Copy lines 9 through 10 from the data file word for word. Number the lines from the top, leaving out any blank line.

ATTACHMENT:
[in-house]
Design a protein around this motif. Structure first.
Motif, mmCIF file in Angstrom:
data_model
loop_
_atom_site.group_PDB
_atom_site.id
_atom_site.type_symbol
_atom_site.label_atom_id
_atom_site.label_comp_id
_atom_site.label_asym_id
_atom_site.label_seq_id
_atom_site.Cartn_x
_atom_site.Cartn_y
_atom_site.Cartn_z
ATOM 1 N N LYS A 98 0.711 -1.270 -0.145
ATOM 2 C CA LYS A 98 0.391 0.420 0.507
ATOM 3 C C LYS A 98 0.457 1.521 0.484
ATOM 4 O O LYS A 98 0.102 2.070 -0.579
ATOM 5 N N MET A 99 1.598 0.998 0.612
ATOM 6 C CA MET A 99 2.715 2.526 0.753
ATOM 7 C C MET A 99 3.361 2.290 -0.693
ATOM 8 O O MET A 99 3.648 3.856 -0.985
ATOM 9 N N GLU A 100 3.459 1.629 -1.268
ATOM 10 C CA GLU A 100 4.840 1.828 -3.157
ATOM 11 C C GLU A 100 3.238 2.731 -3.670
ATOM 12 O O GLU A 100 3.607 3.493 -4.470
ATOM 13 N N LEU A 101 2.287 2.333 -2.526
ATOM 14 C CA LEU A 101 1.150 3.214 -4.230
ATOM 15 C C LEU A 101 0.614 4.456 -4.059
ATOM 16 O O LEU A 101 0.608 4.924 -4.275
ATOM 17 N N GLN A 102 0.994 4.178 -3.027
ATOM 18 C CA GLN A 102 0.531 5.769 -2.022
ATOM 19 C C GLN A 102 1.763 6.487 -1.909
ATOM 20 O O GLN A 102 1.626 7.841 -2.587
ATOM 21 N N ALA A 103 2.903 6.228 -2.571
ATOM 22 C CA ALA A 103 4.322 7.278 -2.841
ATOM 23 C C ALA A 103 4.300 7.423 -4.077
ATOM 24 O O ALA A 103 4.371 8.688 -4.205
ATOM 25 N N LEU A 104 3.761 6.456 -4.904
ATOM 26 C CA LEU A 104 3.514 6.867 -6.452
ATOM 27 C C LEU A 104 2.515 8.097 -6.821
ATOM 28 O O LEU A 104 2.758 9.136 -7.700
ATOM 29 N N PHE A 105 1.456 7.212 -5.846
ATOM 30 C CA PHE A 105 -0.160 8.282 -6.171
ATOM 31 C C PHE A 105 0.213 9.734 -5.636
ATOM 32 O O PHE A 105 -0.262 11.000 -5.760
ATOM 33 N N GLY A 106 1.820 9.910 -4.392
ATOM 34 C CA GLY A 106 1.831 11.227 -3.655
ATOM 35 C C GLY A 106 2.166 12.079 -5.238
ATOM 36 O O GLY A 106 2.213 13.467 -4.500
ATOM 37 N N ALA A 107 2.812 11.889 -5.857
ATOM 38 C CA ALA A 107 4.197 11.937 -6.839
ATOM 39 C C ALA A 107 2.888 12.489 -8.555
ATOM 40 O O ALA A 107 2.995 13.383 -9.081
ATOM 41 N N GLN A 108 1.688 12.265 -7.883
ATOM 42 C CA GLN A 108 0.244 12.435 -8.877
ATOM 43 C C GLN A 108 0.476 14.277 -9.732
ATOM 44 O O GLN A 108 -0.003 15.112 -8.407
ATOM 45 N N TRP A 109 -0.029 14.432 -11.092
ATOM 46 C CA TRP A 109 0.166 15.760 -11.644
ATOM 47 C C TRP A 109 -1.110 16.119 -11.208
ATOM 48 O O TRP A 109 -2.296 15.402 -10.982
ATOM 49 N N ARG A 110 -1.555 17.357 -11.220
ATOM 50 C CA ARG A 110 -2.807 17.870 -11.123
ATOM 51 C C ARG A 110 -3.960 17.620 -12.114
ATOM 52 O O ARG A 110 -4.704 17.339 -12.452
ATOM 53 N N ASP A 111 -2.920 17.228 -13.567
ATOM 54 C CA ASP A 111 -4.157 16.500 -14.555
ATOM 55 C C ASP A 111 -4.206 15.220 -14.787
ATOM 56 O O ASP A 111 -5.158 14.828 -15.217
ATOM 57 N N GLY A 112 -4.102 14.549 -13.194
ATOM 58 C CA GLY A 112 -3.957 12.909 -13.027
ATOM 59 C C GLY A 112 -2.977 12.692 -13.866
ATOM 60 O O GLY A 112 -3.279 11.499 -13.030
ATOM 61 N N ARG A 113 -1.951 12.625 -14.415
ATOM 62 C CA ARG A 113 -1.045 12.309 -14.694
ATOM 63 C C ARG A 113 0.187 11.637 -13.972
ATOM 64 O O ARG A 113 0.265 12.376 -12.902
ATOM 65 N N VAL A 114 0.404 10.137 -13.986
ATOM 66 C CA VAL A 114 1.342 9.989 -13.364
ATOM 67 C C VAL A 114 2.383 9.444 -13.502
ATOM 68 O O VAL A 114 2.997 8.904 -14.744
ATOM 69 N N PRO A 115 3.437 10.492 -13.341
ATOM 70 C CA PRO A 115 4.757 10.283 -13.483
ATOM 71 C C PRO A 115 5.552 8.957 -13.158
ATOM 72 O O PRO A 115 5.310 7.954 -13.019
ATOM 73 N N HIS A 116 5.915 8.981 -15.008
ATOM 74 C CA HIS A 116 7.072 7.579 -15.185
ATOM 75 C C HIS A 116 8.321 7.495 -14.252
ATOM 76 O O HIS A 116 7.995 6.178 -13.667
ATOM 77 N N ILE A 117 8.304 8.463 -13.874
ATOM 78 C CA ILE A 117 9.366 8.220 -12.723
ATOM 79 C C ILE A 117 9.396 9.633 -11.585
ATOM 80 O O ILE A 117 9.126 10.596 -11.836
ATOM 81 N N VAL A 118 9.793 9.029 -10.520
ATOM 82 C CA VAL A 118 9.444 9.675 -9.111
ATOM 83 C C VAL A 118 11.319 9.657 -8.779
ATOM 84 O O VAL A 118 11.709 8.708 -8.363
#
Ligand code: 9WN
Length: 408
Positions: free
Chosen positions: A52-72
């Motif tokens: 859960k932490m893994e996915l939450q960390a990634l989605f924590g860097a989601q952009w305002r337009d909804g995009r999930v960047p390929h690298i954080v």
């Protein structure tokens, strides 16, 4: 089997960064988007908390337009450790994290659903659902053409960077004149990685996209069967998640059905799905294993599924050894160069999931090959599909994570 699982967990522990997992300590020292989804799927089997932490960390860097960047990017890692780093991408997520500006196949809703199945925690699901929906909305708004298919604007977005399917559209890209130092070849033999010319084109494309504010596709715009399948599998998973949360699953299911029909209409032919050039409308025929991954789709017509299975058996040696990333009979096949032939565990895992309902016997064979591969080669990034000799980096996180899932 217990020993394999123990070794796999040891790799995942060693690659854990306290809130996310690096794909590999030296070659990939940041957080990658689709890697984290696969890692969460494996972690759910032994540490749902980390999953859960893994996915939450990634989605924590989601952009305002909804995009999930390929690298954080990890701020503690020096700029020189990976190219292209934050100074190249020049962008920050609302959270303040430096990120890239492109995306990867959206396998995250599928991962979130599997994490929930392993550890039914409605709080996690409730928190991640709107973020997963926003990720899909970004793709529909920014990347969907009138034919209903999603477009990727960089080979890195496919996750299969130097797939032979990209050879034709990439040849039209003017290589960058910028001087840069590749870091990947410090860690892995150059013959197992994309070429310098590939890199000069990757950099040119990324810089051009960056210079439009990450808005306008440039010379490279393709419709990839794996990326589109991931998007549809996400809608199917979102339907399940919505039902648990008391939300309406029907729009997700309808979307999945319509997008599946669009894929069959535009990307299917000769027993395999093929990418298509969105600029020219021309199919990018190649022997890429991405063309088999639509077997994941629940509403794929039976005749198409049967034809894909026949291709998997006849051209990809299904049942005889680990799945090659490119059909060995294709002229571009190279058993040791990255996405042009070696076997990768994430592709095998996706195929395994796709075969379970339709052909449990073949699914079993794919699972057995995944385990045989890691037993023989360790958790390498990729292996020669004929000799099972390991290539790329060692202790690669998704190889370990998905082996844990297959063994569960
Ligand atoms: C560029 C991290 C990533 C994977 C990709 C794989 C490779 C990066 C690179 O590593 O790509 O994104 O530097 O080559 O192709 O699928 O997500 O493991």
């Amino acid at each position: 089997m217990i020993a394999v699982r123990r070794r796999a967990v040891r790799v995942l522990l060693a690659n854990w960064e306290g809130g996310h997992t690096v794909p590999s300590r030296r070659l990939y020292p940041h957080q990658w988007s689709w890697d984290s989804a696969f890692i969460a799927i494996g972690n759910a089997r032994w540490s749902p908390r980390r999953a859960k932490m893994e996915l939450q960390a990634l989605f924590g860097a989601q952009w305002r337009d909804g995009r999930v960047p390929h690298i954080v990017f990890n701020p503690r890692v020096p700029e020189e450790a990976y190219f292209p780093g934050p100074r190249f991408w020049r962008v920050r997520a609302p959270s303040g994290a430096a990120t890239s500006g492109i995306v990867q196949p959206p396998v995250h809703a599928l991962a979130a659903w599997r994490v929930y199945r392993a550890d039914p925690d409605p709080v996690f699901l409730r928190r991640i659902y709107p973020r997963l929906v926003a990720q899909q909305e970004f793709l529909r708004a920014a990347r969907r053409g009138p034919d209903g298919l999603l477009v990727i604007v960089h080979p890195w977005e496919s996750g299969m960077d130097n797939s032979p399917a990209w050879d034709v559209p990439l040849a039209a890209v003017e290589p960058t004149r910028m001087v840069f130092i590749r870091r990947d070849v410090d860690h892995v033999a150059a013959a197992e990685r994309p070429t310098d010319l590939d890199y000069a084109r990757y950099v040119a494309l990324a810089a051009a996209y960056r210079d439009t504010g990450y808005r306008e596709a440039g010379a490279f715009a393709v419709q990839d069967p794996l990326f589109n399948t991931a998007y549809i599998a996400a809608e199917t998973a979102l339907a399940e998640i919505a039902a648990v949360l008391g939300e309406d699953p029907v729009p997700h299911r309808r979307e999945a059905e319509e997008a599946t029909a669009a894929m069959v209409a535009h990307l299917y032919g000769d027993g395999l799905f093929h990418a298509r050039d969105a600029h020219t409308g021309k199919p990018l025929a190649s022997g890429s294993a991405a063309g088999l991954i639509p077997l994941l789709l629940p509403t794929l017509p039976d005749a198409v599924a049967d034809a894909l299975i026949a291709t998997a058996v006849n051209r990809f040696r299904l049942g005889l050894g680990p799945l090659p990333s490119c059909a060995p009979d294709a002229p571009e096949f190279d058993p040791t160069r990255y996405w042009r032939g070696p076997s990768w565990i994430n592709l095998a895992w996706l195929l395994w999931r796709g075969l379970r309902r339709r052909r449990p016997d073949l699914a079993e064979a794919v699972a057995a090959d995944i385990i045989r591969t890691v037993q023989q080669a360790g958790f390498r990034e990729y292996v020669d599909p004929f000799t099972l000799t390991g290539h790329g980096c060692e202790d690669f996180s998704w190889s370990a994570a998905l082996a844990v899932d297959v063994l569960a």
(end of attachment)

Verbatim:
_atom_site.label_atom_id
_atom_site.label_comp_id